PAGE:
Off to Be The Wizard with Mark Jacoby of WICKED, Broadway’s Upside-Down Journey Back to Oz

Posted on: Sep 14th, 2011 By:

Mark Jacoby as the Wizard in WICKED. Photo © Joan Marcus.

From the original L. Frank Baum novel to the 1939 musical movie version of THE WIZARD OF OZ, the tale of Dorothy Gale, her dog Toto and three misfits who deemed themselves incomplete without a physical brain, heart and courage could easily be called the quintessential American fantasy epic. Like Middle Earth is England in simpler, more magical times, Oz is an expression of Retro-Americana Midwestern know-how and whimsy. And that spunky little girl from Kansas, like her prairie counterpart Laura Ingalls Wilder, is an uniquely all-American heroine.

That is, until Gregory Maguire turned that heroine’s journey on its head, gave the Wicked Witch of the West a name, Elphaba, and had the chutzpah to suggest that things went down considerably differently and were rewritten by a government-run, propagandist media, as it were. (Shades of contemporary media politics? Well, the original Oz may have had some circa 1990 political satire between its pages, too.) The Broadway version of Maguire’s novel WICKED is more a twist on the familiar movie than the book, and whether or not you approve of tampering with a classic, the imaginative sets and costumes look even more magical on the Fabulous Fox Theatre stage, where it opens today and will be playing through Oct. 9 as part of the Broadway Across America series.

WICKED focuses on who’s the real good witch and who’s the real bad witch. But actor Mark Jacoby, a Georgia State University alumnus, got to tackle the conundrum of an all-American carnie man who landed in Oz accidentally and found himself, thanks to his seemingly magical balloon-borne arrival, declared Wizard and ruler of the capitol Emerald City. Jacoby is no stranger to playing sympathetic villains, having donned the mask of the PHANTOM OF THE OPERA for three years on Broadway. He’s also stepped into the shoes of many of American musical theater’s most iconic characters including SHOWBOAT’s Gaylord Ravenal (Tony Award nomination for Harold Prince revival), FIDDLER ON THE ROOF’s Tevye (Barrymore Award) and Father in the original Broadway run of RAGTIME. ATLRetro caught up with Mark recently to find out how he approached America’s most famous humbug in this villain-friendly version of Oz.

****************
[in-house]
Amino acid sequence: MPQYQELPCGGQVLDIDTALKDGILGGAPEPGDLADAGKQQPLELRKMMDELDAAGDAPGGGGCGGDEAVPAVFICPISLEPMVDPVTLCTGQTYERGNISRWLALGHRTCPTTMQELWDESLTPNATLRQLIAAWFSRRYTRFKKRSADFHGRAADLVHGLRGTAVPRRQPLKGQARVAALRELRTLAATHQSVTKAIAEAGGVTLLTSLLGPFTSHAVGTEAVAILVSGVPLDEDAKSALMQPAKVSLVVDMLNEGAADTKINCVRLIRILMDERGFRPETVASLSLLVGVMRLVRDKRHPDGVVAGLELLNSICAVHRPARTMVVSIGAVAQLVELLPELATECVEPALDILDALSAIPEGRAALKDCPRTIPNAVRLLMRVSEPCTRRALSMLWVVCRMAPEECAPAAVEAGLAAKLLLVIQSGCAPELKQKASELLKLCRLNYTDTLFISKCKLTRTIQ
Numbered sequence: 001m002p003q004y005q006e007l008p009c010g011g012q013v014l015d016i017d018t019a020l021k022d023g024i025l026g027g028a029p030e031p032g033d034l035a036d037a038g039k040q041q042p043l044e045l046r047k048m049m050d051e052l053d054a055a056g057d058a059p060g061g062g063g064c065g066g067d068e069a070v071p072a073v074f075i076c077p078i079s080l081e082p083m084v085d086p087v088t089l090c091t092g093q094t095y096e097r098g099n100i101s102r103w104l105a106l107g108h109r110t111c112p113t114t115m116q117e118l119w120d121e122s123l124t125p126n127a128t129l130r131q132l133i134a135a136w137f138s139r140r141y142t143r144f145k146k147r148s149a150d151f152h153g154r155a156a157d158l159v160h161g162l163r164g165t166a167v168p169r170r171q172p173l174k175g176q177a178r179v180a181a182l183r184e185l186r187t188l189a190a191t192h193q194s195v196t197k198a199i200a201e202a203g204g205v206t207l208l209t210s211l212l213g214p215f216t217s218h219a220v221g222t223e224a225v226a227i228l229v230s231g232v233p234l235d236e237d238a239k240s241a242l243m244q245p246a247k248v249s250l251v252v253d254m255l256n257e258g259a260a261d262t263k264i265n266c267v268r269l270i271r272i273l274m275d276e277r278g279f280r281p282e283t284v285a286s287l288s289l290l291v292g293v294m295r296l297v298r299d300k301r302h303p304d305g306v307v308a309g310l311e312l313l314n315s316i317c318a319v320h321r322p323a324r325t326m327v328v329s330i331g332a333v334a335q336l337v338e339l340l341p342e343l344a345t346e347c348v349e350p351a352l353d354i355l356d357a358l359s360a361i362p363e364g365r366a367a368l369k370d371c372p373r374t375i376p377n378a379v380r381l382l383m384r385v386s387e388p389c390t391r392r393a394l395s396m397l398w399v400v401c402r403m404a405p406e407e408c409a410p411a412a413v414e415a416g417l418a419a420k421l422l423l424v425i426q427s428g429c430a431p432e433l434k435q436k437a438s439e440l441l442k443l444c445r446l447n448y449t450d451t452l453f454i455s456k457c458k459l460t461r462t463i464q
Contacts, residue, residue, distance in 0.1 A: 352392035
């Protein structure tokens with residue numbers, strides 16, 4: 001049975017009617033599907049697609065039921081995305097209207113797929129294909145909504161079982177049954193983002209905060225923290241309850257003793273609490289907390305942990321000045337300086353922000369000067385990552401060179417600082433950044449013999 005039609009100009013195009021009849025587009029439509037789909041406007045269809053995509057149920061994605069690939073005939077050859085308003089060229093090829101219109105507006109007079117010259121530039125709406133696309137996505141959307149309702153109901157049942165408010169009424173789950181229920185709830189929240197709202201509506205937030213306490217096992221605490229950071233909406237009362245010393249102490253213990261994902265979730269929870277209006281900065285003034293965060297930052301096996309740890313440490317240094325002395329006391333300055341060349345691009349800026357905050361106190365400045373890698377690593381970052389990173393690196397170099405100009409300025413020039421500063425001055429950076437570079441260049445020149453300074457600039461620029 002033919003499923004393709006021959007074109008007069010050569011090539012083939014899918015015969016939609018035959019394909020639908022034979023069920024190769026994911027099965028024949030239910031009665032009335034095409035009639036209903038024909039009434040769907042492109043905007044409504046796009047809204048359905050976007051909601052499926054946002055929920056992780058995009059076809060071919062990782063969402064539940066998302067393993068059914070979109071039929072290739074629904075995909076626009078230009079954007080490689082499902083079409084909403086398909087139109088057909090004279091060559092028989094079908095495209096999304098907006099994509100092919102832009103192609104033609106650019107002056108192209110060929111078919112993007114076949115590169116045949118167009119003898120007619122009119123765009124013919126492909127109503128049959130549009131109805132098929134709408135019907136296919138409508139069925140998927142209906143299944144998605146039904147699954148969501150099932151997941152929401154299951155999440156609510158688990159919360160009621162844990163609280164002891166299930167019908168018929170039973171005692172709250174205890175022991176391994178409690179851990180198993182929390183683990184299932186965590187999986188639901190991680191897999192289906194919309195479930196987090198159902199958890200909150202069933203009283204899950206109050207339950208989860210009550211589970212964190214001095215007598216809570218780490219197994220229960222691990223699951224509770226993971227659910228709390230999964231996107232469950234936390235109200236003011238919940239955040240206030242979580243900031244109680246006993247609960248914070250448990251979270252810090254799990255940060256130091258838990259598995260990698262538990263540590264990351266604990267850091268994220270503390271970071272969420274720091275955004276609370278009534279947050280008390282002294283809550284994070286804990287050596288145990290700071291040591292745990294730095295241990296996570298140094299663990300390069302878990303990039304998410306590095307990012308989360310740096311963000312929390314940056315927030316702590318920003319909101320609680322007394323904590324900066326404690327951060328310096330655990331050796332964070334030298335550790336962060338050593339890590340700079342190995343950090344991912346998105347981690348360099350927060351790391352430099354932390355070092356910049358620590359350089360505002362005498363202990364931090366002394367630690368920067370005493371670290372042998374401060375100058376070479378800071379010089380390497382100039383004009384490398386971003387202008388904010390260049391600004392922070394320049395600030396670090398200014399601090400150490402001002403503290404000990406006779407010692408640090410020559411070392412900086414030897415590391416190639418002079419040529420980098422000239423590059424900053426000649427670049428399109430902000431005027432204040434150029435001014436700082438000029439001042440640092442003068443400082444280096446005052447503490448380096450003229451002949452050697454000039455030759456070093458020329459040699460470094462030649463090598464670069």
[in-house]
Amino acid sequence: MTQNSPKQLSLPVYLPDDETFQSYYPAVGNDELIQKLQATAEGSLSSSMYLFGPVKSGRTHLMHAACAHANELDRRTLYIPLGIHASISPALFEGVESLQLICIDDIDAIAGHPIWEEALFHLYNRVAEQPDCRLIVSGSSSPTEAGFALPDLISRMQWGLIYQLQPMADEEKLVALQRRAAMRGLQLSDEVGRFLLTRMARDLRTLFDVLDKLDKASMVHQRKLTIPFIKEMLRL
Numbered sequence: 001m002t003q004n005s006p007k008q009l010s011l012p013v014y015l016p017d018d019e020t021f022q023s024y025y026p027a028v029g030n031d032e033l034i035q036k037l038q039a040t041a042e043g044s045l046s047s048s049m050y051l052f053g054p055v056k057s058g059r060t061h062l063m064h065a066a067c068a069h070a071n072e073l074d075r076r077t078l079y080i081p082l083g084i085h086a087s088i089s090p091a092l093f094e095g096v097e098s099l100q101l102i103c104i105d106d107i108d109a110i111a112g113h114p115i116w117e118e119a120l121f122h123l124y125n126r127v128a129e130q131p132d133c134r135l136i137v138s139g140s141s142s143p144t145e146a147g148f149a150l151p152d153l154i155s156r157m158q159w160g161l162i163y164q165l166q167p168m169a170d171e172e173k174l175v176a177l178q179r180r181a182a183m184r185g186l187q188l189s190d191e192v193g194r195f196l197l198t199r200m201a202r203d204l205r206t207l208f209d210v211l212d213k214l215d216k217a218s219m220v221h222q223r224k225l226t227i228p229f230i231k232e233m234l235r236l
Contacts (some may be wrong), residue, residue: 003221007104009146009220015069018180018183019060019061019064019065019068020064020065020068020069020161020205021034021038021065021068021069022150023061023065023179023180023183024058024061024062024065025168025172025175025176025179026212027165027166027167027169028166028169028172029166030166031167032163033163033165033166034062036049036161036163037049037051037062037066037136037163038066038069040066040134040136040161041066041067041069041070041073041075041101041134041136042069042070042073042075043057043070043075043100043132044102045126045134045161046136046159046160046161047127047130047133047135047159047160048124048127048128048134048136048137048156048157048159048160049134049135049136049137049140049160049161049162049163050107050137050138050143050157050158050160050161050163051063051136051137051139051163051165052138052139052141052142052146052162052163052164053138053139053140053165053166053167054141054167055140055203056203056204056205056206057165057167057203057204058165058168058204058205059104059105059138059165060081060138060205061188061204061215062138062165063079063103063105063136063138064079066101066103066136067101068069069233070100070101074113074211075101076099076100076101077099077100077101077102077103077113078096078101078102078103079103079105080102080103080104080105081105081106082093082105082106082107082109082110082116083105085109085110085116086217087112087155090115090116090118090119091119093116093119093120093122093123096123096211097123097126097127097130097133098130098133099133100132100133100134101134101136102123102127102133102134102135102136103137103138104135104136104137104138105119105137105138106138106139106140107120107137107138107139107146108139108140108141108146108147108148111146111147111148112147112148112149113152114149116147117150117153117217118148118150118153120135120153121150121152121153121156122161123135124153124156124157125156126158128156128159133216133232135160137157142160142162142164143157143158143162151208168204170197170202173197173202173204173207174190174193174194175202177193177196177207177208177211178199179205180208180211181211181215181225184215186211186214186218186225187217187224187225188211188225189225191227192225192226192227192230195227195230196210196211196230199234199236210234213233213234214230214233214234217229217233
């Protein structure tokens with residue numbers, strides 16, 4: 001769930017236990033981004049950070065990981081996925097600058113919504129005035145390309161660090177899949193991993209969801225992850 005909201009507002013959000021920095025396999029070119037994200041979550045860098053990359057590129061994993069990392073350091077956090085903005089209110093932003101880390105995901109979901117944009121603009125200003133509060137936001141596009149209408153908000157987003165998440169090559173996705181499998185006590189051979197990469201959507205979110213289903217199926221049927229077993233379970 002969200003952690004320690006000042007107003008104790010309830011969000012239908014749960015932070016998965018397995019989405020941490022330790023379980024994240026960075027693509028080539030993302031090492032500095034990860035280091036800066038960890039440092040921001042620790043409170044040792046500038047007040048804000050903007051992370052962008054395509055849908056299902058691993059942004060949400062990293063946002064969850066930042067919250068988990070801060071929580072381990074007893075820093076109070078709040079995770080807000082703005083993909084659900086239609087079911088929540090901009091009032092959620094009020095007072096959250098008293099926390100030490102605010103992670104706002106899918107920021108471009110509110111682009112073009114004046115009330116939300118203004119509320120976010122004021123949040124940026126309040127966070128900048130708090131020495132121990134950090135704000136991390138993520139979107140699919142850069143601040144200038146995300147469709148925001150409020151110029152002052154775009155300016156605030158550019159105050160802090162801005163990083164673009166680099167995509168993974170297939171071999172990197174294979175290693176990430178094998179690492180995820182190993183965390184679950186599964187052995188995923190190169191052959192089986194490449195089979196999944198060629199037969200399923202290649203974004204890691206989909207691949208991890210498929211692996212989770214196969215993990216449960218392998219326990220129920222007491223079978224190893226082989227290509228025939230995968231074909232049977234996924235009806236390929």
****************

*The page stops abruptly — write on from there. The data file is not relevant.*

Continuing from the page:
How is the character of the Wizard different in WICKED than in the 1939 movie WIZARD OF OZ and even the book? Do you think it is different? One of the intriguing things about this piece is how it’s been overlaid on the story we’re all so familiar with, mostly from the movie WIZARD OF OZ. They are the same people theoretically in context. You’re just looking at them from a different angle. I suppose an actor doesn’t have to take that literally. He can do what he wants. But I tend to think and the powers that be also do, that I should approach him as the same character we encountered in THE WIZARD OF OZ.  You just find out different things, and different things are emphasized. He’s flushed out a bit more. There’s more explanation as to how he got there, why he’s there, and what makes him tick.

The Wizard's dramatic counterfeit persona from the original Broadway company of WICKED. Photo © Joan Marcus.

I think the Wizard of Oz was someone who was in the right place at at the right time or the wrong place at the wrong time, whichever way you look at it. He’s regarded by the people of Oz as somewhat supernatural. As he says, I never asked for this, I was just blown here by the wings of chance. One could take that literally or is he telling a story? I choose to think he is talking literally. He has wound up in this situation, but he wasn’t malevolent. He wasn’t planning to become a tyrant or anyone overbearing with the population, but now he’s stuck with it. I’m not saying he’s a perfect man. He got hooked with all the adulation and all the power and all he has to do to maintain it.

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